‘The Black Clown’: A Rich Legacy of Jazz and Blues
“You laugh / Because I’m poor and black and funny.” These words open A.R.T.’s new show “The Black Clown,” a musical and dramatic adaptation of Langston Hughes’ poem of the same name. Though written in 1931, its verses are still bound to send chills down one's spine and induce an intense discomfort that stems from the truth and irony that characterizes both the entire poem and the performance.
“The Black Clown” is intended by its adaptors to be spoken by a “pure-blooded Negro in the white suit and hat of a clown” and accompanied by a piano or an orchestra. A.R.T.’s new show is beautifully adapted by Harvard College alumnae bass-baritone Davóne J. Tines ’09 and composer Michael L. Schachter ’09. Backed by an incredibly talented all-black cast, their new production exquisitely brings to life a rich musical legacy of jazz, gospel, opera, and spirituality.
Every stanza of the poem is broken up into various parts, each with different tones and music/dance styles. The first stanza makes up the opening dance and song. “You Laugh” begins with the titular Black Clown (Davóne Tines) speaking the first line of the poem into a standing microphone at the center of the stage. He is in period dres s— high-waisted pants and suspenders. The Black Clown unabashedly and simply looks straight out at the audience as he speaks. Eventually his speech turns into singing, which characterizes the entire performance of the poem — the focus is less about recitation and more about the musical and visual performance. Tines’ singing is dark and rich like syrup. He possesses an incredible control over his voice, imbuing each note with vibrato and emotion as he tells us about the pain, hatred, scorn, and complacency that makes up the life of a black man. His delivery is all the more powerful because the reports of being “pushed own” and the constant “white spit” in his face sadly do not feel at all like anachronisms.
While “You Laugh” is comprises of just the Black Clown and a female ensemble member, who joins him in a call-and-response fashion, over the course of the other numbers the rest of the ensemble eventually all gather on stage. They break out into wild dancing, paired with drums, tap dancing, and 1950s style swing dancing in “Strike Up the Music.” Here, ensemble member Amber Pickens puts on a particularly beautiful show of energy and athleticism in the form of pirouettes and slides into splits at double time, almost as if possessed.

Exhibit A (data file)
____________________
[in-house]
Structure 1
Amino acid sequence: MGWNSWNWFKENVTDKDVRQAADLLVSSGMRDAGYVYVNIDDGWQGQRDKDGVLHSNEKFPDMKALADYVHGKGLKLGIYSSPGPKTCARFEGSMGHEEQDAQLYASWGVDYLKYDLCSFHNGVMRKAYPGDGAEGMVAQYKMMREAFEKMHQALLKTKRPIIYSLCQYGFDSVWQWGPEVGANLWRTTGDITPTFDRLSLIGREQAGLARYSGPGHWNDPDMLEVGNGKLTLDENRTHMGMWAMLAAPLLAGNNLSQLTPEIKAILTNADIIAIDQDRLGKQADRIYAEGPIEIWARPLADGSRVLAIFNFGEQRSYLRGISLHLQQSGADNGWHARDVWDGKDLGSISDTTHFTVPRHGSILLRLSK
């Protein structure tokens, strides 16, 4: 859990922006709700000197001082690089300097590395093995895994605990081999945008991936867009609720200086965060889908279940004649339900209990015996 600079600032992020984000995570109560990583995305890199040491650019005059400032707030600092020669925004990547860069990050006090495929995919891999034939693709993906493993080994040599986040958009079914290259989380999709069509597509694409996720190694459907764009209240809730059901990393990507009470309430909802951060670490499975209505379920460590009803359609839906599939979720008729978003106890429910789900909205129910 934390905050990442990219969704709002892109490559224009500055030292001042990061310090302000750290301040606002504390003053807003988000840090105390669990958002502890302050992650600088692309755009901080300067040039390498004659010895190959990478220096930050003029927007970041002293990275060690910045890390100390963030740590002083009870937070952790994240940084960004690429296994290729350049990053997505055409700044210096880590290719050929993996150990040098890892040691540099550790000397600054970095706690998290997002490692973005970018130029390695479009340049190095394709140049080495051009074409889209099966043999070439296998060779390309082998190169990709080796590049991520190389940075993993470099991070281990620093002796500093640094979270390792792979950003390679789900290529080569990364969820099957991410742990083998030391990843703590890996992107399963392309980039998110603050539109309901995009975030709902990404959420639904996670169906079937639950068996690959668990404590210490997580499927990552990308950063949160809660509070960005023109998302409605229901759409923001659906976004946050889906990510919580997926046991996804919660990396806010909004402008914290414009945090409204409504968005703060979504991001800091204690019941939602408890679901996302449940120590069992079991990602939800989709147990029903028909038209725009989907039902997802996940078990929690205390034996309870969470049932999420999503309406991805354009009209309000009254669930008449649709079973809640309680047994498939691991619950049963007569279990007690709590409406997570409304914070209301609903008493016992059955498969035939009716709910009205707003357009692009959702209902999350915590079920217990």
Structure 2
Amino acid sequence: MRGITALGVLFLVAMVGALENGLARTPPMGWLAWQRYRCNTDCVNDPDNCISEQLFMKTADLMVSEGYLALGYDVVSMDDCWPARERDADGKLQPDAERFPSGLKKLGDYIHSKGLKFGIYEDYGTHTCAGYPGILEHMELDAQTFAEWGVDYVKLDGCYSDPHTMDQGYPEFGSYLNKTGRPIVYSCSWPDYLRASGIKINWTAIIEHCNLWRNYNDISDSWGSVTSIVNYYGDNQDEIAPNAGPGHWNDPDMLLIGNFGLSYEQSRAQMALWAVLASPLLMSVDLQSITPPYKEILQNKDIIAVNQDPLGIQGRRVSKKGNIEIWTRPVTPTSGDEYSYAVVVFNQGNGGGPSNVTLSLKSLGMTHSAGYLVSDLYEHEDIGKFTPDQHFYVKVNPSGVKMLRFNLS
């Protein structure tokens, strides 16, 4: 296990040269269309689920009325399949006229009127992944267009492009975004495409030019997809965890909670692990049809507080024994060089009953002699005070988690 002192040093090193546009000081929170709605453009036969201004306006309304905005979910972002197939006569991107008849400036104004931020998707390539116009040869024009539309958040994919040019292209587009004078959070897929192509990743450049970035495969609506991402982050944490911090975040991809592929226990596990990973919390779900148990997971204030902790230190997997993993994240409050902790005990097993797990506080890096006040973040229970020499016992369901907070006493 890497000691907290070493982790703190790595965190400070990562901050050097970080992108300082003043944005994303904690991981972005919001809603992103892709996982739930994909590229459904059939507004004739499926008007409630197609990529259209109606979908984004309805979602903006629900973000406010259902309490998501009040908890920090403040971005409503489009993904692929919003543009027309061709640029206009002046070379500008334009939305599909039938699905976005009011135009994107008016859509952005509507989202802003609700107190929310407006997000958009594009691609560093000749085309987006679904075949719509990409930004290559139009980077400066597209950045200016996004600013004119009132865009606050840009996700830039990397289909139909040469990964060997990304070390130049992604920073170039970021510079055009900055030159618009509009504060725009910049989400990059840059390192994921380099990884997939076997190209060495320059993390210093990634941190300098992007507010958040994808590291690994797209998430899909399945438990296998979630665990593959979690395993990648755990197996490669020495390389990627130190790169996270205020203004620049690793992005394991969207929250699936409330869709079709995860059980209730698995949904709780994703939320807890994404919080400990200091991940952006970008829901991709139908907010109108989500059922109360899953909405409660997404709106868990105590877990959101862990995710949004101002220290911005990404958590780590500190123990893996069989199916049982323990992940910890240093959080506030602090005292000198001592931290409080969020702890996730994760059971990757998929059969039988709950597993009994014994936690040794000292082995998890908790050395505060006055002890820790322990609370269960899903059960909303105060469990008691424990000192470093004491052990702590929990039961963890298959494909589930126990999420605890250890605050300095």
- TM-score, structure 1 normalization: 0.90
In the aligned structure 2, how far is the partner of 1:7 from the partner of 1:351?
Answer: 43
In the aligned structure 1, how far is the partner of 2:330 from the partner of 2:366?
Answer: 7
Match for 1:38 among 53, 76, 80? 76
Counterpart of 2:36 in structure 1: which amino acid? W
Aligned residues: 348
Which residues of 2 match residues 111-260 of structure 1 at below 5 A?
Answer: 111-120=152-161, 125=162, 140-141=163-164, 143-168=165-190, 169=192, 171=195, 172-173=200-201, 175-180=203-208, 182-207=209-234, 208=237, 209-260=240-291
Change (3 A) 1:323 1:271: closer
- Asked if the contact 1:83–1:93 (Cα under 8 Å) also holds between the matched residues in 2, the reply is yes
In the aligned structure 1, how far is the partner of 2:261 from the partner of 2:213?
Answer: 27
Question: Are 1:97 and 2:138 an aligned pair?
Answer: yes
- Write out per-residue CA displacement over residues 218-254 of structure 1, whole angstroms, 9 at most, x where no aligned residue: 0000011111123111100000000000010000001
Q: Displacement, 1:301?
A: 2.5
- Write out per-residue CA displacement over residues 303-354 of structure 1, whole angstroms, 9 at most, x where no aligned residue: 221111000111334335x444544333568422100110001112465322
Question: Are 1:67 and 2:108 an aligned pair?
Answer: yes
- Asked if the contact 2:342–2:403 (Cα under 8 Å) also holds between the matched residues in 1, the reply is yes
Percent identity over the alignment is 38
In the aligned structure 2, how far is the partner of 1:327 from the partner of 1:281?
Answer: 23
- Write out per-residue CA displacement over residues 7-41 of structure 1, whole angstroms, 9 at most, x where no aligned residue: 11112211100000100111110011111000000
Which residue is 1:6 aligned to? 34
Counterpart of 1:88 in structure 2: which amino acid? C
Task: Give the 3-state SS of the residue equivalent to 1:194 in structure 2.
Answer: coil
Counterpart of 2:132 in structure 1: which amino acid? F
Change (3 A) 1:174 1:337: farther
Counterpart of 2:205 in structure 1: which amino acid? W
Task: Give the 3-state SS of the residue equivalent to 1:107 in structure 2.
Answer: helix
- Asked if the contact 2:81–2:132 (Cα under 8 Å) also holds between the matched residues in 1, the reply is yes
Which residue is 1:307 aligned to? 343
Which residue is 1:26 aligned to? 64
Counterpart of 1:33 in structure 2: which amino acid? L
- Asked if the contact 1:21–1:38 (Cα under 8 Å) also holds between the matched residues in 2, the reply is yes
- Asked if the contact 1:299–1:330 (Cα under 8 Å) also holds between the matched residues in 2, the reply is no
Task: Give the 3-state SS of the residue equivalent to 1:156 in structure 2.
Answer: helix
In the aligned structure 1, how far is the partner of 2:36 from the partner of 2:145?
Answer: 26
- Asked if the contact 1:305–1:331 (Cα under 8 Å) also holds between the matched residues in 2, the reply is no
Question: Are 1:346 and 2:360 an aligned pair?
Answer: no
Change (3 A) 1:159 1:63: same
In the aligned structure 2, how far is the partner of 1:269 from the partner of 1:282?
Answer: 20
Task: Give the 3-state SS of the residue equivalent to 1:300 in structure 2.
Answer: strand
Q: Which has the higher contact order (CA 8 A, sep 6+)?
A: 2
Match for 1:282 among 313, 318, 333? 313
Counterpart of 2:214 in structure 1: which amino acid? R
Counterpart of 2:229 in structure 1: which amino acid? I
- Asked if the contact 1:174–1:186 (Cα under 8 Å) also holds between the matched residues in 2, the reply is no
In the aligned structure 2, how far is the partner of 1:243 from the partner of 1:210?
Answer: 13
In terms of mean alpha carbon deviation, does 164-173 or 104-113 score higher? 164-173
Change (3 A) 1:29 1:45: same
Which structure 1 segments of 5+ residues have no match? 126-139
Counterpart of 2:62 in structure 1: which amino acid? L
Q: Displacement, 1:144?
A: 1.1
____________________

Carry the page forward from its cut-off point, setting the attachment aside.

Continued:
For the most part, the stage is constrained by several walls of tarp. These are eventually replaced by white screened panels on wheels, behind which the cast dances during “Three Hundred Years,” another section derived from one of the stanzas, depicting slavery. The audience never actually sees any of the actual cast members. Instead, slinky shadows shrink and swell eerily across the screens as they dance. The shadows speak to the anonymity of slavery, and even though they sing in unison, one cannot help but distinguish between some of the individual voices during a particularly sorrowful rendition of “Nobody Knows the Trouble I’ve Seen.”
Choreographer Chanel DaSilva should be praised for the diverse, beautiful, lively dance — tapping heavily into jazz and swing for most of the styles. The choreography is incredibly important for setting the tone of the words, sometimes its mood deliberately clashing with the ironic words for dramatic effect. This was evident during the performance of “Freedom!” The positive and optimistic lines about emancipation were steeped in irony, underscored by the gleeful dancing and the appearance of Abraham Lincoln on clunky stilts lording above the rest of the cast oafishly. No moment was more ironic that when ensemble members began to skip rope joyfully with a giant noose. Though perhaps the most disquieting moment, it is precisely this ability to provoke and disturb which made the performance so fantastic.
Of course, the show’s music is its true star. Schachter does an excellent job of bringing to life traditionally black forms of music in a kind of progression, for example, with New Orleans jazz eventually blending into gospel and blues seamlessly. The orchestra stuns with their energetic playing, driving the performance forward. During the more quiet numbers, usually those consisting of just the keyboard (Jaret Landon and Bethany Aiken), the orchestra’s absence is noted, as it makes the stage feel almost empty.
In the wake of “Hamilton,” where history is being depicted through relatively more modern forms of music, “The Black Clown” stands alone in the way it upholds and revamps older styles of music. It pays tribute to a history of oppression and injustice in a more traditional way, but that does not make it any less remarkable. Its hauntingly beautiful voices rage and cheer across the stage showing a whole spectrum of emotions. This nuanced composition has so many elements incorporated, each so thoughtfully put together that it becomes difficult to distinguish which is the best. It is truly a heartbreaking performance, yet so delightful the tears cannot help but accompany a smile.
—Staff writer Aline G. Damas can be reached at firstname.lastname@example.org.